Though Battery Dance Festival has had many names and neighborhoods through nearly 40 years running, shifted by floods and unnatural phenomena altering the geography of the city, its home here, along the waterfront in Battery Park against the New York Harbor, brings the sublime into the space. The sun, in particular, backgrounding the seven dances on the first day of the weeklong free festival, arcs through the acts of the show, giving a program from companies from around the globe some grandeur and structure. It’s beautiful, and free, so its flaws can be forgiven.
On Sunday, August 11th, I walked to Robert F. Wagner Jr. Park through the Financial District on the first night of the week-long performance series, and took my place on a patch of grass near the open-air stage next to the water. I would see work commissioned from artists from over thirty countries, the director of Battery Dance announced from the stage. This emphasis on the international span of the performance series served a recurring theme; we would hear about Battery’s commitment to teaching refugees in Germany and teacher-training programs in Bangladesh, how the dancers set to perform in the festival had run into unexpected travel trouble and would not be present, save for the generosity of various NGOs, UNHCR grants, etc. Multiple embassies received shoutouts, and it was unclear to me whether or not there was additional travel strain then normal, or if the mundane dystopia of international travel and national borders merited their own announcement.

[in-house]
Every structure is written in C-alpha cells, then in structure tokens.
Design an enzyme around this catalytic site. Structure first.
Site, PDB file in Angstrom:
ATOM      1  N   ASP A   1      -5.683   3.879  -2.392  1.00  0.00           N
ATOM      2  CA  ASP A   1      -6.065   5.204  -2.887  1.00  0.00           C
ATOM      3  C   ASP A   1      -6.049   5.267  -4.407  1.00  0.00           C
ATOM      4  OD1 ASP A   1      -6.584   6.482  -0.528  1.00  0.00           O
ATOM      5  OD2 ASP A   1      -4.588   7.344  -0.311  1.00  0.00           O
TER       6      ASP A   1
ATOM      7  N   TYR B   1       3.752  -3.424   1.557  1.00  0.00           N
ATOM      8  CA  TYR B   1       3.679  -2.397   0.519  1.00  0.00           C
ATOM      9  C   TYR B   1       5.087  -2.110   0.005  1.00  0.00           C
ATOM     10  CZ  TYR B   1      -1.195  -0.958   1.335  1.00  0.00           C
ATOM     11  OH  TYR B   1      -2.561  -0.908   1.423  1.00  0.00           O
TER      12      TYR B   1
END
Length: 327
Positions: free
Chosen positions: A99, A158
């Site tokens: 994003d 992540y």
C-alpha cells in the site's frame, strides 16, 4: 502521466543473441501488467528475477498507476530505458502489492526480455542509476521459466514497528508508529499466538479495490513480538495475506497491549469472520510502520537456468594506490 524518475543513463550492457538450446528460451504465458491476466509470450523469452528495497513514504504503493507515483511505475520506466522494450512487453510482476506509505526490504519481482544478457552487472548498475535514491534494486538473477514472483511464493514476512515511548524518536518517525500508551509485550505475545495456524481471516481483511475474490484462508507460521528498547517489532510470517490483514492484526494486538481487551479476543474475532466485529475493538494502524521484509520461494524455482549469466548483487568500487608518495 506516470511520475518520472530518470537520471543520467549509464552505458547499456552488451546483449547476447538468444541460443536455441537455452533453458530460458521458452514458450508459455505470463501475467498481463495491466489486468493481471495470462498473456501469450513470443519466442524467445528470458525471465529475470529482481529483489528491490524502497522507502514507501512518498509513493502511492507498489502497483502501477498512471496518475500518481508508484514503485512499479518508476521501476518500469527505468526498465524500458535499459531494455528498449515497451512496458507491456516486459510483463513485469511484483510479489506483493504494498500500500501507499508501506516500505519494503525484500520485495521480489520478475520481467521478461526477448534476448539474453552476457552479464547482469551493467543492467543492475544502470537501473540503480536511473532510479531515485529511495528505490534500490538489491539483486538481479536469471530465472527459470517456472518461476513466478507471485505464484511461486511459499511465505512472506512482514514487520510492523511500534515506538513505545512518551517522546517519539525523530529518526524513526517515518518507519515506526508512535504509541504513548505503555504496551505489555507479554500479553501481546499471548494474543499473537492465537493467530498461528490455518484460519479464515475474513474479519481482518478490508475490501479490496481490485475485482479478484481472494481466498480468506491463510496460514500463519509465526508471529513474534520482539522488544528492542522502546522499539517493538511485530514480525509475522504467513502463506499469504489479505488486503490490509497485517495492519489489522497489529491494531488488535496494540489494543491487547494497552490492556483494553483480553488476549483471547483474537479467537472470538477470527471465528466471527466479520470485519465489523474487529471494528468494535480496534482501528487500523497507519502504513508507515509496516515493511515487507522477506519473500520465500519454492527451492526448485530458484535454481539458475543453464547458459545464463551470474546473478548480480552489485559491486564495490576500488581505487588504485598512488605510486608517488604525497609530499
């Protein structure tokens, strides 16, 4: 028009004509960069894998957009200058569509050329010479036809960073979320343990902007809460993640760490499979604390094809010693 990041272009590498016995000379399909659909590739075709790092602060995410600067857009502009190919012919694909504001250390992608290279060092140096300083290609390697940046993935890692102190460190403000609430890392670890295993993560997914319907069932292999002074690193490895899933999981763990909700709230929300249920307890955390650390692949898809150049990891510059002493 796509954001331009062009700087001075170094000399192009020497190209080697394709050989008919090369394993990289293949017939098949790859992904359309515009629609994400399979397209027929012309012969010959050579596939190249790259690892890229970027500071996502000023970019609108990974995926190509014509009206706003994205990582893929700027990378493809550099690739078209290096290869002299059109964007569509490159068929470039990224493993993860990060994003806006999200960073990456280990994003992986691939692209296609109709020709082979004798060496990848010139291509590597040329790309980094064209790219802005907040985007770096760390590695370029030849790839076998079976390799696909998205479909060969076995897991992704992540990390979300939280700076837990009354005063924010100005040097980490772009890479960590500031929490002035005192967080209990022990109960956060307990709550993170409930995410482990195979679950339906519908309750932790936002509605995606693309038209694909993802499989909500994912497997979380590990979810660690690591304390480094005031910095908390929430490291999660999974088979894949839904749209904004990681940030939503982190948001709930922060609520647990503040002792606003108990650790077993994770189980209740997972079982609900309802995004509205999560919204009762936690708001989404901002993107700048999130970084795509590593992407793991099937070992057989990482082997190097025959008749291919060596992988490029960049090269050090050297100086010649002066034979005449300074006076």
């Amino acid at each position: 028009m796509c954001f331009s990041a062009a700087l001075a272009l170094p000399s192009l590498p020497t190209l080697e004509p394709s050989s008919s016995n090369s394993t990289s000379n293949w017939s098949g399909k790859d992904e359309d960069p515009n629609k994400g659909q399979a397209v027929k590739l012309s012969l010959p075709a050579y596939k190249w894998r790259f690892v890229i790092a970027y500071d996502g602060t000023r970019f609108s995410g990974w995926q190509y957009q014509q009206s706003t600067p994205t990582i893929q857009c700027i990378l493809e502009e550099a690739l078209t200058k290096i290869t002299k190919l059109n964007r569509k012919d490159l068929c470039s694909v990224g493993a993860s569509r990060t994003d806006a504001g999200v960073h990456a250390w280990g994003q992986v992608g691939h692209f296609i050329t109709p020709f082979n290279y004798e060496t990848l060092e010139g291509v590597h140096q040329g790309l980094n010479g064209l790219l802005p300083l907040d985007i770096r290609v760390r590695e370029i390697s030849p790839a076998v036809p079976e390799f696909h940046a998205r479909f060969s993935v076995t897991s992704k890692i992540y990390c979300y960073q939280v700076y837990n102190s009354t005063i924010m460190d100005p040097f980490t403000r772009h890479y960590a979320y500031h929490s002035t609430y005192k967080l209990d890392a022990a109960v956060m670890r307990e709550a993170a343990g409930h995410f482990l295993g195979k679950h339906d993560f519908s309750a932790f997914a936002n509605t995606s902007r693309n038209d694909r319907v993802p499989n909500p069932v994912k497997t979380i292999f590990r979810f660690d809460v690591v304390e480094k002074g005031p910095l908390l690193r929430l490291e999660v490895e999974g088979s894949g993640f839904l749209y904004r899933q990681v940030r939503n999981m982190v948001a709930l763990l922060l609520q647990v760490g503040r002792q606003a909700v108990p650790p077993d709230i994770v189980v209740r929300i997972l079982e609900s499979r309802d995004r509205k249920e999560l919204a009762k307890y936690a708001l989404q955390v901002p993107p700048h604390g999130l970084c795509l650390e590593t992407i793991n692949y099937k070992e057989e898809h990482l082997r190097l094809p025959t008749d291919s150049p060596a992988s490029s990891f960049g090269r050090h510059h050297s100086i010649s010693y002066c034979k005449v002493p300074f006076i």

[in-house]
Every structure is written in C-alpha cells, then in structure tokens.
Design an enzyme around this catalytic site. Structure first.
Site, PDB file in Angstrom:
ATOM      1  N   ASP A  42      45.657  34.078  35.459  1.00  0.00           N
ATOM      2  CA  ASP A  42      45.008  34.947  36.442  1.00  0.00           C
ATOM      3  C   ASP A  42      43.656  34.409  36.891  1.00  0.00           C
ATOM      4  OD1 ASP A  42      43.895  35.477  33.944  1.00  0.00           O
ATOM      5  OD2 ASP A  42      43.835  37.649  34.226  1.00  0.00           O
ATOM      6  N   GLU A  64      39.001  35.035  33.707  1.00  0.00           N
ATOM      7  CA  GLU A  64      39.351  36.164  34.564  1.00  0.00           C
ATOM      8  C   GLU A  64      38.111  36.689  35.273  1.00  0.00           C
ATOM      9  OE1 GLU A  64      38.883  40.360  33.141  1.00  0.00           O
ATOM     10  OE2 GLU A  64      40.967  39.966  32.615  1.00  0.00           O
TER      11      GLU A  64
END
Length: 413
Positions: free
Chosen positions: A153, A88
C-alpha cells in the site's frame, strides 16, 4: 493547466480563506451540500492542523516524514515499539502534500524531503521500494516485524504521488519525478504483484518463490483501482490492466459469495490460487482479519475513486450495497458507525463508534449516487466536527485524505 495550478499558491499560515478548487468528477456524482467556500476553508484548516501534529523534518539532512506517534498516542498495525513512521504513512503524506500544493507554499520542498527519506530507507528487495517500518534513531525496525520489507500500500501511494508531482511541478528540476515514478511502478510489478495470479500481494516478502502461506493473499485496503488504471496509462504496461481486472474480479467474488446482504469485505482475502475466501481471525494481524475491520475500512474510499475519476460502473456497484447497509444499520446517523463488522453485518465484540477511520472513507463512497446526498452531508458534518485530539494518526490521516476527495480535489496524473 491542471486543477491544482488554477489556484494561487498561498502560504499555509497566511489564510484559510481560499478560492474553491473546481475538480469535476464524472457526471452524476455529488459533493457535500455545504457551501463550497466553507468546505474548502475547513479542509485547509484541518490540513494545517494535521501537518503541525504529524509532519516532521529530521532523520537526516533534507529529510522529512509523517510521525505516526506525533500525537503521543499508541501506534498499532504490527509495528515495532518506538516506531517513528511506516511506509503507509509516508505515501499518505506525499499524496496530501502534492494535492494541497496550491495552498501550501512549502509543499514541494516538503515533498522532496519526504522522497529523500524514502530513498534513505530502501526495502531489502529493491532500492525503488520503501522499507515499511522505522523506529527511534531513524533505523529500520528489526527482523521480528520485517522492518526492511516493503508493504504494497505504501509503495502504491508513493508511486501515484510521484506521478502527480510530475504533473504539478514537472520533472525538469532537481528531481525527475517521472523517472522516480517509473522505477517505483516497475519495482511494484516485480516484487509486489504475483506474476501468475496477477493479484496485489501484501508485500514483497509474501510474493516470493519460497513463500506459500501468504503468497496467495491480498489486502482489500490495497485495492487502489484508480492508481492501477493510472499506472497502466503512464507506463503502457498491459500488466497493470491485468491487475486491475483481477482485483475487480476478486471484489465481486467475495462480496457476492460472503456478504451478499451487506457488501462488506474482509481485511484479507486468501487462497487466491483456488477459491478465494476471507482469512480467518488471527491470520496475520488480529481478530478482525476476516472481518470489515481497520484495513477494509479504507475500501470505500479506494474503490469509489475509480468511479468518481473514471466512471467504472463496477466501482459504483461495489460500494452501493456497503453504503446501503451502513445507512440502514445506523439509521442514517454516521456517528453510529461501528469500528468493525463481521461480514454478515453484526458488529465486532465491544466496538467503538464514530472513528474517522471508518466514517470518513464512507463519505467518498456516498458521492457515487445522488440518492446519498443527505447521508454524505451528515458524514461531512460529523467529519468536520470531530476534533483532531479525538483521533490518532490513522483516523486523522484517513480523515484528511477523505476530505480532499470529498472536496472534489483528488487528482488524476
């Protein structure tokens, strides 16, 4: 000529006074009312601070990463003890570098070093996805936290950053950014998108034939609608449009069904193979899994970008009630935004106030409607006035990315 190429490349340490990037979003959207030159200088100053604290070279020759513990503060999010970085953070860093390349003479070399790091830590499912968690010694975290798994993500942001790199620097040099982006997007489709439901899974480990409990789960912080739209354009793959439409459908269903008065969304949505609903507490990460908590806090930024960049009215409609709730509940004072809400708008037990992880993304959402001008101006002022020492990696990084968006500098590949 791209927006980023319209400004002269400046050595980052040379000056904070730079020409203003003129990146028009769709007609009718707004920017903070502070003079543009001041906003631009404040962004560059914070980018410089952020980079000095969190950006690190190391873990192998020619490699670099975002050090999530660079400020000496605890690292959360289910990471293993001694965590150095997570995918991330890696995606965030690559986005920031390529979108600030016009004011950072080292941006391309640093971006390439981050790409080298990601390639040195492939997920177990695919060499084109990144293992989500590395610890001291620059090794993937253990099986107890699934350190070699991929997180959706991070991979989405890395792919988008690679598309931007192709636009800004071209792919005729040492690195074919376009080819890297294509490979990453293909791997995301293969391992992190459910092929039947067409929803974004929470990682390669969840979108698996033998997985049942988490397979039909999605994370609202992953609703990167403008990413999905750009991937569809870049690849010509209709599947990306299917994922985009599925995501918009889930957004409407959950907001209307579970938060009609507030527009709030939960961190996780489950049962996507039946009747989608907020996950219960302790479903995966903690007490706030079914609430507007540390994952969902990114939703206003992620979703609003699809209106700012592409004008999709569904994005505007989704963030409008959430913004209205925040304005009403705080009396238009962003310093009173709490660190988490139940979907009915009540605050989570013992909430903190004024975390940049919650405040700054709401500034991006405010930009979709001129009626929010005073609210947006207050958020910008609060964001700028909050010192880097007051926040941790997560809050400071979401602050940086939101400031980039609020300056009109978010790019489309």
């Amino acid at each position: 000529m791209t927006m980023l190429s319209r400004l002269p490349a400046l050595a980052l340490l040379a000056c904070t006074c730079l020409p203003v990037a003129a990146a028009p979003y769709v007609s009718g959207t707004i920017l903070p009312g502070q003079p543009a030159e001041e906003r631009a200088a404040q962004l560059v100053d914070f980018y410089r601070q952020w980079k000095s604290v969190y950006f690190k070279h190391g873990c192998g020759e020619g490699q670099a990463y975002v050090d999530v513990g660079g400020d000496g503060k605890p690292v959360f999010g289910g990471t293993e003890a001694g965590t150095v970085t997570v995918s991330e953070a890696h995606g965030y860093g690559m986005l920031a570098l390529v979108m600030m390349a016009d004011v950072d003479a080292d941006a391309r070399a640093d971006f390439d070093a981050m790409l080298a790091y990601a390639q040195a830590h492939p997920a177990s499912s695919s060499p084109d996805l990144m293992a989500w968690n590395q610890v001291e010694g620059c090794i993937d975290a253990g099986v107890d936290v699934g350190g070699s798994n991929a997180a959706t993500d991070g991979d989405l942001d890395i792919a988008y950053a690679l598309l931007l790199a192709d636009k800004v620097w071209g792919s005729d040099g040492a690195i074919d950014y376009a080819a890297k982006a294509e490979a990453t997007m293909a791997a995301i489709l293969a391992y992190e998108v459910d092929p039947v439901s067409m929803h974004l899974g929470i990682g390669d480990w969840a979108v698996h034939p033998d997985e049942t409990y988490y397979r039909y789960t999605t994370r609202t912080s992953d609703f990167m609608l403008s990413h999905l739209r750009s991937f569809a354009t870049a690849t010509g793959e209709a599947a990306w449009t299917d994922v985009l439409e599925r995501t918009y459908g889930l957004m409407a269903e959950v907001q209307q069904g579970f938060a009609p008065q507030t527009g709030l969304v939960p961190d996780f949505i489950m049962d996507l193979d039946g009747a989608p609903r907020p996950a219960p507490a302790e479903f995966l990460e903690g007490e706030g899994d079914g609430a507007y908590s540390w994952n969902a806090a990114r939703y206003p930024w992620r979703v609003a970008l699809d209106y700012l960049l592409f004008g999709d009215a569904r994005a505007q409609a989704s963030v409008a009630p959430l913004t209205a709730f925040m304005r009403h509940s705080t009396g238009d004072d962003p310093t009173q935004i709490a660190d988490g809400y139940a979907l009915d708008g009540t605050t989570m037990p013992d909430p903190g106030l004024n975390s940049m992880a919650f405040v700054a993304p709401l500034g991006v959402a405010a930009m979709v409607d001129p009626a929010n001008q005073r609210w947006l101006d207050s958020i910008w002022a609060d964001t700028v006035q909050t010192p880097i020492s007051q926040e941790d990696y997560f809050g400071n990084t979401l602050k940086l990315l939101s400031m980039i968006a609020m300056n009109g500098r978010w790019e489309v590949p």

The festival opened with a blessing from Danuka Ariyawansa, a dancer from Sri Lanka who performed a piece of classical Kandyan dance in honor of his country, still reeling from the massive terrorist attack on Easter Sunday of this year. Ariyawansa moved in hypnotic and graceful lunges that picked up speed over the course of the performance. As he performed, I tried not to, then gave in and watched as next to me, a woman made slow hip movements in time with the music, eyes closed and facing directly away from the stage. I found that my ingrained (and obvious) approach of ignoring the audience and focusing on the dancers would not work for this festival, with audience members who seemed as integral to the evening as the dancers themselves. A couple to my left smiled down to their FaceTime camera open on the grass, speaking at full volume. “Aw man! Out of the house for like ten minutes… nothin all day but just lay there…” When I looked back, the dancing woman in the audience was gone, and so was Ariyawansa.
The second and third pieces of the festival belonged to Leah Barsky and Cristian Correa, an Argentine tango couple who have toured and taught throughout the United States and Europe. Both Correa and Barksy have multidisciplinary backgrounds, and bring classical ballet training (and in Barksy’s case, contemporary dance) into their interpretations of tango performance. Barsky’s high extensions and aptitude for complicated lifts made that especially clear.